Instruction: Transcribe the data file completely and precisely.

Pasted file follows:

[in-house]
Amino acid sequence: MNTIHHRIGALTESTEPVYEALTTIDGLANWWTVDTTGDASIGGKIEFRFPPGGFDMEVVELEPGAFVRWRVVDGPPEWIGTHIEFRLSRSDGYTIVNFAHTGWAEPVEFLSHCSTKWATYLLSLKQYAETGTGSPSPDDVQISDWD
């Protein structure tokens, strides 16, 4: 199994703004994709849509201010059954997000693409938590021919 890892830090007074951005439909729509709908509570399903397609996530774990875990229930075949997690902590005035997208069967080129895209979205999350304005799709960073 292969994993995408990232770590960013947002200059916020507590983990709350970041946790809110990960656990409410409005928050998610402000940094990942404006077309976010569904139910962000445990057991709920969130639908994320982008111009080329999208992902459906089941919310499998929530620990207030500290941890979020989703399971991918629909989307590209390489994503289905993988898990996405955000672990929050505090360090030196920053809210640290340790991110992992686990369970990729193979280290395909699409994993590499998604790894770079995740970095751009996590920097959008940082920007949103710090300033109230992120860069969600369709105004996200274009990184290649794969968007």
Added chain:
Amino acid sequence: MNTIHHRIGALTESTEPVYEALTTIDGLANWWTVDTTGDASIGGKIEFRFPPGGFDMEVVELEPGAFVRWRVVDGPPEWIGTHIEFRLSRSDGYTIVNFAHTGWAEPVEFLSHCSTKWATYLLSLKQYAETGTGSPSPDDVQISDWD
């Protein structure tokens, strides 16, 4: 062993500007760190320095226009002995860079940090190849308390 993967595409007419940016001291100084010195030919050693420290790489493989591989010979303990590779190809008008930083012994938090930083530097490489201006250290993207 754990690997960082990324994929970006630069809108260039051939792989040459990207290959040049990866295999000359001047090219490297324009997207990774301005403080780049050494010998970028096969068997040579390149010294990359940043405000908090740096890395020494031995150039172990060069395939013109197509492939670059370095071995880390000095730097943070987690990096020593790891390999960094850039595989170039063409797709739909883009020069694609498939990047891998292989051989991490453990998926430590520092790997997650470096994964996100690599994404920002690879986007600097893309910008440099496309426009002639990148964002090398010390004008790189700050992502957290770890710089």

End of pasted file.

[in-house]
Amino acid sequence: MNTIHHRIGALTESTEPVYEALTTIDGLANWWTVDTTGDASIGGKIEFRFPPGGFDMEVVELEPGAFVRWRVVDGPPEWIGTHIEFRLSRSDGYTIVNFAHTGWAEPVEFLSHCSTKWATYLLSLKQYAETGTGSPSPDDVQISDWD
């Protein structure tokens, strides 16, 4: 199994703004994709849509201010059954997000693409938590021919 890892830090007074951005439909729509709908509570399903397609996530774990875990229930075949997690902590005035997208069967080129895209979205999350304005799709960073 292969994993995408990232770590960013947002200059916020507590983990709350970041946790809110990960656990409410409005928050998610402000940094990942404006077309976010569904139910962000445990057991709920969130639908994320982008111009080329999208992902459906089941919310499998929530620990207030500290941890979020989703399971991918629909989307590209390489994503289905993988898990996405955000672990929050505090360090030196920053809210640290340790991110992992686990369970990729193979280290395909699409994993590499998604790894770079995740970095751009996590920097959008940082920007949103710090300033109230992120860069969600369709105004996200274009990184290649794969968007």
Added chain:
Amino acid sequence: MNTIHHRIGALTESTEPVYEALTTIDGLANWWTVDTTGDASIGGKIEFRFPPGGFDMEVVELEPGAFVRWRVVDGPPEWIGTHIEFRLSRSDGYTIVNFAHTGWAEPVEFLSHCSTKWATYLLSLKQYAETGTGSPSPDDVQISDWD
């Protein structure tokens, strides 16, 4: 062993500007760190320095226009002995860079940090190849308390 993967595409007419940016001291100084010195030919050693420290790489493989591989010979303990590779190809008008930083012994938090930083530097490489201006250290993207 754990690997960082990324994929970006630069809108260039051939792989040459990207290959040049990866295999000359001047090219490297324009997207990774301005403080780049050494010998970028096969068997040579390149010294990359940043405000908090740096890395020494031995150039172990060069395939013109197509492939670059370095071995880390000095730097943070987690990096020593790891390999960094850039595989170039063409797709739909883009020069694609498939990047891998292989051989991490453990998926430590520092790997997650470096994964996100690599994404920002690879986007600097893309910008440099496309426009002639990148964002090398010390004008790189700050992502957290770890710089």